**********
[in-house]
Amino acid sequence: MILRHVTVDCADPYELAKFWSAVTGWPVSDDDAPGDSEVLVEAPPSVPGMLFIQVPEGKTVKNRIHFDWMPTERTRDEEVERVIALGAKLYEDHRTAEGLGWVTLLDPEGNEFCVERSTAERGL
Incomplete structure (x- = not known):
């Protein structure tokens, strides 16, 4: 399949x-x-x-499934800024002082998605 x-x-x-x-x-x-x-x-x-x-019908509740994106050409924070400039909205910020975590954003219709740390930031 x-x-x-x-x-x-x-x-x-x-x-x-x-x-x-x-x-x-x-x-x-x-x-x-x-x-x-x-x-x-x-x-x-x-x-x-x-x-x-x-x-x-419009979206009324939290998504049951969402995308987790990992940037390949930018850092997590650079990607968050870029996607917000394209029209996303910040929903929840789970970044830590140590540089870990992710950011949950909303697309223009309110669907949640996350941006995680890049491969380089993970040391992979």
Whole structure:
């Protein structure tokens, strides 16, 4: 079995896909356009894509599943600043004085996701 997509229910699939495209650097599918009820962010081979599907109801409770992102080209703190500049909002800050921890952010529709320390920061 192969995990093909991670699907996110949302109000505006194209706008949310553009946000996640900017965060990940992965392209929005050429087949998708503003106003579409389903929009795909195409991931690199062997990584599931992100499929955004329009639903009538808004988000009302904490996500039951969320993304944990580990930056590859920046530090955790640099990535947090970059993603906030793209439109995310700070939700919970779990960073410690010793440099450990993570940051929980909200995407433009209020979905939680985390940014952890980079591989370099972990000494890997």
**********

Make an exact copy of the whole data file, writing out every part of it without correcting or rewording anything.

[in-house]
Amino acid sequence: MILRHVTVDCADPYELAKFWSAVTGWPVSDDDAPGDSEVLVEAPPSVPGMLFIQVPEGKTVKNRIHFDWMPTERTRDEEVERVIALGAKLYEDHRTAEGLGWVTLLDPEGNEFCVERSTAERGL
Incomplete structure (x- = not known):
């Protein structure tokens, strides 16, 4: 399949x-x-x-499934800024002082998605 x-x-x-x-x-x-x-x-x-x-019908509740994106050409924070400039909205910020975590954003219709740390930031 x-x-x-x-x-x-x-x-x-x-x-x-x-x-x-x-x-x-x-x-x-x-x-x-x-x-x-x-x-x-x-x-x-x-x-x-x-x-x-x-x-x-419009979206009324939290998504049951969402995308987790990992940037390949930018850092997590650079990607968050870029996607917000394209029209996303910040929903929840789970970044830590140590540089870990992710950011949950909303697309223009309110669907949640996350941006995680890049491969380089993970040391992979």
Whole structure:
């Protein structure tokens, strides 16, 4: 079995896909356009894509599943600043004085996701 997509229910699939495209650097599918009820962010081979599907109801409770992102080209703190500049909002800050921890952010529709320390920061 192969995990093909991670699907996110949302109000505006194209706008949310553009946000996640900017965060990940992965392209929005050429087949998708503003106003579409389903929009795909195409991931690199062997990584599931992100499929955004329009639903009538808004988000009302904490996500039951969320993304944990580990930056590859920046530090955790640099990535947090970059993603906030793209439109995310700070939700919970779990960073410690010793440099450990993570940051929980909200995407433009209020979905939680985390940014952890980079591989370099972990000494890997």